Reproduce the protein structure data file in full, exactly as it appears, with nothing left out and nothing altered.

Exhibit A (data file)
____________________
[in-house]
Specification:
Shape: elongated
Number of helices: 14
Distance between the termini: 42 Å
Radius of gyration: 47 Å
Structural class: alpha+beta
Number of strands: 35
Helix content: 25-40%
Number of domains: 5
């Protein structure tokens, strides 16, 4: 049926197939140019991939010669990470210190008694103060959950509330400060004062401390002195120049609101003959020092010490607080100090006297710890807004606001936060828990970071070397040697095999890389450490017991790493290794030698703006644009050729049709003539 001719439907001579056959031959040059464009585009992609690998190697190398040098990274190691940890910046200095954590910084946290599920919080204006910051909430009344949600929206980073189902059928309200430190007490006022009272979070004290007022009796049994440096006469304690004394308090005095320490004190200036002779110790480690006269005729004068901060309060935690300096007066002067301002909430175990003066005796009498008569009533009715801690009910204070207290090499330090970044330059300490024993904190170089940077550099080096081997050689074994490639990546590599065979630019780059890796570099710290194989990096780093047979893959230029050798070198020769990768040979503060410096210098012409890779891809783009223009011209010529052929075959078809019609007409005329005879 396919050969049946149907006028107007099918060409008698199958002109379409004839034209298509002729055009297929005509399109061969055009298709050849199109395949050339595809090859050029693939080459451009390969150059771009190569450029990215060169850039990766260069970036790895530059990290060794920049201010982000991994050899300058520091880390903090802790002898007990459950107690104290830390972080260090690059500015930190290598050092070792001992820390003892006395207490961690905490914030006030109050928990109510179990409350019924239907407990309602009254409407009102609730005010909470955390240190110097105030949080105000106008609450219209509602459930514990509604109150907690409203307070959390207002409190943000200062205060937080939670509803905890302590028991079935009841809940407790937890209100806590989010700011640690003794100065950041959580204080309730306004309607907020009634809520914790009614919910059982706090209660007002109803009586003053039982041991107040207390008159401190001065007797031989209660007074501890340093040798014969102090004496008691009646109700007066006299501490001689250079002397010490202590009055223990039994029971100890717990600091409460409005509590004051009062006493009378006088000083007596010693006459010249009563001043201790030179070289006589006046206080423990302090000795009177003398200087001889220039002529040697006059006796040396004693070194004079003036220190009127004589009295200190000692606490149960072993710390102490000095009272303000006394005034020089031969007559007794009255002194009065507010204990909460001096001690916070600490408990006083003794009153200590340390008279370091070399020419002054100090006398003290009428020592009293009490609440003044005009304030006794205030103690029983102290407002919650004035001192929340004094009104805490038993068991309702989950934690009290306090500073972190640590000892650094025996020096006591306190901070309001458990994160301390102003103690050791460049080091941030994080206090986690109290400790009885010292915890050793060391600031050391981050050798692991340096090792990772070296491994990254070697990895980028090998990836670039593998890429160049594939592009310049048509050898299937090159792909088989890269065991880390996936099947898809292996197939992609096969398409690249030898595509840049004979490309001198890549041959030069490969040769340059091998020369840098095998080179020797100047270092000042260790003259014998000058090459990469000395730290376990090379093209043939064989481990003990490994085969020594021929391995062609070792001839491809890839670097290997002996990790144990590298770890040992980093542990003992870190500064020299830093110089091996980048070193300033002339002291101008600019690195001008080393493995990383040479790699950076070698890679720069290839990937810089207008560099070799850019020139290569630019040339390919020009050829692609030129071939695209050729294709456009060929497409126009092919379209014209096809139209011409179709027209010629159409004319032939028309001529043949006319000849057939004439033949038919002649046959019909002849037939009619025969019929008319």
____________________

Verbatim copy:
[in-house]
Specification:
Shape: elongated
Number of helices: 14
Distance between the termini: 42 Å
Radius of gyration: 47 Å
Structural class: alpha+beta
Number of strands: 35
Helix content: 25-40%
Number of domains: 5
């Protein structure tokens, strides 16, 4: 049926197939140019991939010669990470210190008694103060959950509330400060004062401390002195120049609101003959020092010490607080100090006297710890807004606001936060828990970071070397040697095999890389450490017991790493290794030698703006644009050729049709003539 001719439907001579056959031959040059464009585009992609690998190697190398040098990274190691940890910046200095954590910084946290599920919080204006910051909430009344949600929206980073189902059928309200430190007490006022009272979070004290007022009796049994440096006469304690004394308090005095320490004190200036002779110790480690006269005729004068901060309060935690300096007066002067301002909430175990003066005796009498008569009533009715801690009910204070207290090499330090970044330059300490024993904190170089940077550099080096081997050689074994490639990546590599065979630019780059890796570099710290194989990096780093047979893959230029050798070198020769990768040979503060410096210098012409890779891809783009223009011209010529052929075959078809019609007409005329005879 396919050969049946149907006028107007099918060409008698199958002109379409004839034209298509002729055009297929005509399109061969055009298709050849199109395949050339595809090859050029693939080459451009390969150059771009190569450029990215060169850039990766260069970036790895530059990290060794920049201010982000991994050899300058520091880390903090802790002898007990459950107690104290830390972080260090690059500015930190290598050092070792001992820390003892006395207490961690905490914030006030109050928990109510179990409350019924239907407990309602009254409407009102609730005010909470955390240190110097105030949080105000106008609450219209509602459930514990509604109150907690409203307070959390207002409190943000200062205060937080939670509803905890302590028991079935009841809940407790937890209100806590989010700011640690003794100065950041959580204080309730306004309607907020009634809520914790009614919910059982706090209660007002109803009586003053039982041991107040207390008159401190001065007797031989209660007074501890340093040798014969102090004496008691009646109700007066006299501490001689250079002397010490202590009055223990039994029971100890717990600091409460409005509590004051009062006493009378006088000083007596010693006459010249009563001043201790030179070289006589006046206080423990302090000795009177003398200087001889220039002529040697006059006796040396004693070194004079003036220190009127004589009295200190000692606490149960072993710390102490000095009272303000006394005034020089031969007559007794009255002194009065507010204990909460001096001690916070600490408990006083003794009153200590340390008279370091070399020419002054100090006398003290009428020592009293009490609440003044005009304030006794205030103690029983102290407002919650004035001192929340004094009104805490038993068991309702989950934690009290306090500073972190640590000892650094025996020096006591306190901070309001458990994160301390102003103690050791460049080091941030994080206090986690109290400790009885010292915890050793060391600031050391981050050798692991340096090792990772070296491994990254070697990895980028090998990836670039593998890429160049594939592009310049048509050898299937090159792909088989890269065991880390996936099947898809292996197939992609096969398409690249030898595509840049004979490309001198890549041959030069490969040769340059091998020369840098095998080179020797100047270092000042260790003259014998000058090459990469000395730290376990090379093209043939064989481990003990490994085969020594021929391995062609070792001839491809890839670097290997002996990790144990590298770890040992980093542990003992870190500064020299830093110089091996980048070193300033002339002291101008600019690195001008080393493995990383040479790699950076070698890679720069290839990937810089207008560099070799850019020139290569630019040339390919020009050829692609030129071939695209050729294709456009060929497409126009092919379209014209096809139209011409179709027209010629159409004319032939028309001529043949006319000849057939004439033949038919002649046959019909002849037939009619025969019929008319």